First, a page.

Resilience describes the capacity of individuals, communities, institutions, businesses, and systems within a city to survive, adapt, and grow, no matter what kind of chronic stresses and acute shocks they may experience.
As a waterfront city proximate to two major fault lines and home to a population rapidly approaching one million, resilience is of paramount concern for San Francisco. Resilience is something we must constantly strive toward, a process of preparing and building to protect our people and infrastructure.
The City works collaboratively across departments to maintain safe and healthy facilities and to ensure the delivery of programs and services. Earthquake readiness and disaster response preparations are essential to that effort. Above and beyond asset preservation, many resilience initiatives promote long-term sustainability in the face of climate change and increasing density. Sea level rise adaptation, reduction of greenhouse gas emissions and waste, and promoting renewable energy and conservation are all part of building a resilient San Francisco for generations to come.
Developing and implementing policies and programs to improve San Francisco's overall resilience has long been a priority for the City.
Some of San Francisco’s greatest challenges and opportunities extend past the 10-year timeframe of the Capital Plan. San Francisco is committed to tackling these multi-generational problems through an integrated planning approach leading to smart policies and projects. Some of these are listed below.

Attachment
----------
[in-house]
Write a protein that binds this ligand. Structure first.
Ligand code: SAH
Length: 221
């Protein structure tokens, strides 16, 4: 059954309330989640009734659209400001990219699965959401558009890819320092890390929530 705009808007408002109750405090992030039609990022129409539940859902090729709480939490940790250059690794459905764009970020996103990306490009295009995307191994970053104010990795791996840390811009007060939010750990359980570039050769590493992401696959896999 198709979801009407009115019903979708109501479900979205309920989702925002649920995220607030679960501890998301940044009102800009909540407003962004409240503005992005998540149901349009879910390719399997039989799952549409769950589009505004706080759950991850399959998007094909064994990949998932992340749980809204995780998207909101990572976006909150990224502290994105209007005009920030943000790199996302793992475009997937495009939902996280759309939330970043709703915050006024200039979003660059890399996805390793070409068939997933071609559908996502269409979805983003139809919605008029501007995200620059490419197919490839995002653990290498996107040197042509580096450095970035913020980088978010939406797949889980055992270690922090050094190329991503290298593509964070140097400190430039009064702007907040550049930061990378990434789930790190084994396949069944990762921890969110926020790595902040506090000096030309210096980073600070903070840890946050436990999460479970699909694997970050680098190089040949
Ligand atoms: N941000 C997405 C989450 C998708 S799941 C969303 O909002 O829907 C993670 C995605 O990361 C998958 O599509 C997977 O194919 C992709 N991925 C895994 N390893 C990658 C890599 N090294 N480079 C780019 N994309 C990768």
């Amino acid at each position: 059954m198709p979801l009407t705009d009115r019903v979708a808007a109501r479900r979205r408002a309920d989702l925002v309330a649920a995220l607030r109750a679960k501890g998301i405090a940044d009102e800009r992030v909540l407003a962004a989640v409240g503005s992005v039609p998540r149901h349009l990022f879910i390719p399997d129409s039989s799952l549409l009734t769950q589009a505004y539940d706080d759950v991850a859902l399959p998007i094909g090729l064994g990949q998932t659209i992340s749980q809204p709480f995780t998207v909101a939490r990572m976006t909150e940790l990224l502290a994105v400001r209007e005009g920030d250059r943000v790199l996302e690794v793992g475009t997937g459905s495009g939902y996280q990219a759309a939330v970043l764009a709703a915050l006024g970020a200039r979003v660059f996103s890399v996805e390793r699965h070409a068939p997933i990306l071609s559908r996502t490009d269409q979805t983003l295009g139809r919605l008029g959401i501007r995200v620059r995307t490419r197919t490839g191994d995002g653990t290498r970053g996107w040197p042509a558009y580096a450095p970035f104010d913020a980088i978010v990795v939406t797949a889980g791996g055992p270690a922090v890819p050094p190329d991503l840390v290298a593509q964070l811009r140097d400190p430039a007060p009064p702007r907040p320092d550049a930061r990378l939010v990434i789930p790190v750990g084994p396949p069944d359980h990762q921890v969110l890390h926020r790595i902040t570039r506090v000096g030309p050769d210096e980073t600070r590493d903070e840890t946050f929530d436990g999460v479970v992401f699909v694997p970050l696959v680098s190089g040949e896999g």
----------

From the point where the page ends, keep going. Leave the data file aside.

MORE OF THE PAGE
• Seawall Resilience Project
• Sea Level Rise
• Mission Creek
• Climate Action Targets
• Ocean Beach
• Second Transbay BART Tunnel
• Muni Forward
• DTX/High-Speed Rail
• Utility Undergrounding
• Treasure Island
• Affordable Housing
• Courthouse at the Hall of Justice
Proposed Capital Plan FY2018-2027
In 2013, San Francisco became one of the first 100 Resilient Cities (100RC) to receive funding and support from the Rockefeller Foundation. San Francisco was the first to hire a Chief Resilience Officer and one of the first to complete a strategic plan, Resilient SF.
Resilient SF lays out San Francisco's most pressing resilience challenges and calls for City action in partnership with our communities to make bold and lasting progress against them. Resilient SF takes a long view of resilience and lays out actionable goals to address strategies related to San Francisco’s planning, infrastructure, demography, and communities.
In 2016 as part of the City’s Five-Year Financial Plan, the Mayor’s Office published the Citywide Strategic Initiatives Framework, which presents a set of shared values and vision built upon strategic plans from departments across the City administration. Insofar as they ensure the long-term resilience of our City’s facilities, infrastructure, and communities, San Francisco's capital planning efforts touch all of the initiatives envisioned by this Framework. Several of the featured initiatives that will help advance the City’s vision are especially capital-intensive.